Purpose: To examine the relationship between smoking, quitting, and mortality in older Chinese men.
Design and methods: A cohort analytic study was carried out in Xi'an, China. A total of 1268 retired male military cadres aged 60 or older were examined in 1987 and followed for 12 years.
Results: At baseline, 388 men were never-smokers, 461 were former smokers, and 419 were current smokers. Through May 1999, a total of 299 had died. The relative risks [95% confidence intervals (CI)] for ever-smoking, after adjusting for age, blood pressure, body mass index, total cholesterol, triglycerides, alcohol drinking, exercise and existing diseases, for deaths resulting from all causes, chronic obstructive pulmonary disease (COPD), lung cancer, and coronary heart disease (CHD) were, respectively, 1.34 (1.02-1.76), 3.23 (0.95-10.91), 2.31 (0.95-5.61), and 1.60 (0.81-3.19). The risks increased significantly with increasing amount and duration of smoking. Compared with current smokers, former smokers had lower risks of total mortality (excess risk reduction of 56%) and from CHD death, but had higher risks for COPD death.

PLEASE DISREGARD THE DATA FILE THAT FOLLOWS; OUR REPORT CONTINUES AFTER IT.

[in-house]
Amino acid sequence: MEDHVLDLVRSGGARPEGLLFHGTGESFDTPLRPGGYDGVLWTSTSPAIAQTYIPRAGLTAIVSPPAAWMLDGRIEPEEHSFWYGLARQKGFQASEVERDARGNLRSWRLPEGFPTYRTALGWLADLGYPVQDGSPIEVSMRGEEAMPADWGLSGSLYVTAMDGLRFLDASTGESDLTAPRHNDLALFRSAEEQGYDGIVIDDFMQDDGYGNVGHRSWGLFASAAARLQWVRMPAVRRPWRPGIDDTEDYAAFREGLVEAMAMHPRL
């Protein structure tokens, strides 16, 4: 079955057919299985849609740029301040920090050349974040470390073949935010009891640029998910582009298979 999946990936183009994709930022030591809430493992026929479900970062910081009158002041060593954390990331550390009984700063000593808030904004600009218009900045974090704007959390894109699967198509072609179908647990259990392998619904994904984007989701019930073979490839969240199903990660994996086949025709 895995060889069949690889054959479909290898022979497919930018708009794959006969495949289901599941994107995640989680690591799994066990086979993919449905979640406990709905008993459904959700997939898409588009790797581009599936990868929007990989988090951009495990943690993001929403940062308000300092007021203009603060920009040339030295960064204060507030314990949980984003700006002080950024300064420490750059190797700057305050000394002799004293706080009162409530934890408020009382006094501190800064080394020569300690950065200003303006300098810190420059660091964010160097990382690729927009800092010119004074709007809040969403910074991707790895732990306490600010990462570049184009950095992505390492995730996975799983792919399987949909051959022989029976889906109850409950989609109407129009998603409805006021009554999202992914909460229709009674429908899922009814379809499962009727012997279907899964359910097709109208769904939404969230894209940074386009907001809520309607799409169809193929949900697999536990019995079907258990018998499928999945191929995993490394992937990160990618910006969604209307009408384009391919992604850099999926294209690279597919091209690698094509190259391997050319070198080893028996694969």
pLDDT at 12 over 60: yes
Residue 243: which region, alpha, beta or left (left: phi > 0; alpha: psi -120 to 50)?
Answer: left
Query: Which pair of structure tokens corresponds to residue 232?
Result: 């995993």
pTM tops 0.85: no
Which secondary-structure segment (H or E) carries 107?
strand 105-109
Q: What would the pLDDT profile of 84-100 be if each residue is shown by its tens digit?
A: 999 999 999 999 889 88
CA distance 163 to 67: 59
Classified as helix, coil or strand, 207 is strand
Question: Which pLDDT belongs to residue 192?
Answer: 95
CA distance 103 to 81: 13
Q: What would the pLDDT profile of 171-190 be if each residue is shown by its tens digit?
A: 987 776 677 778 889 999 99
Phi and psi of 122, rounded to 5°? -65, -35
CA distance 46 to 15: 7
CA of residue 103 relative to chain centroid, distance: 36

Conclusions: Smoking is a major cause of death in older Chinese and quitting can save lives. Early recognition of the significance of COPD symptoms followed by prompt quitting should be emphasized in the control of the growing tobacco epidemic.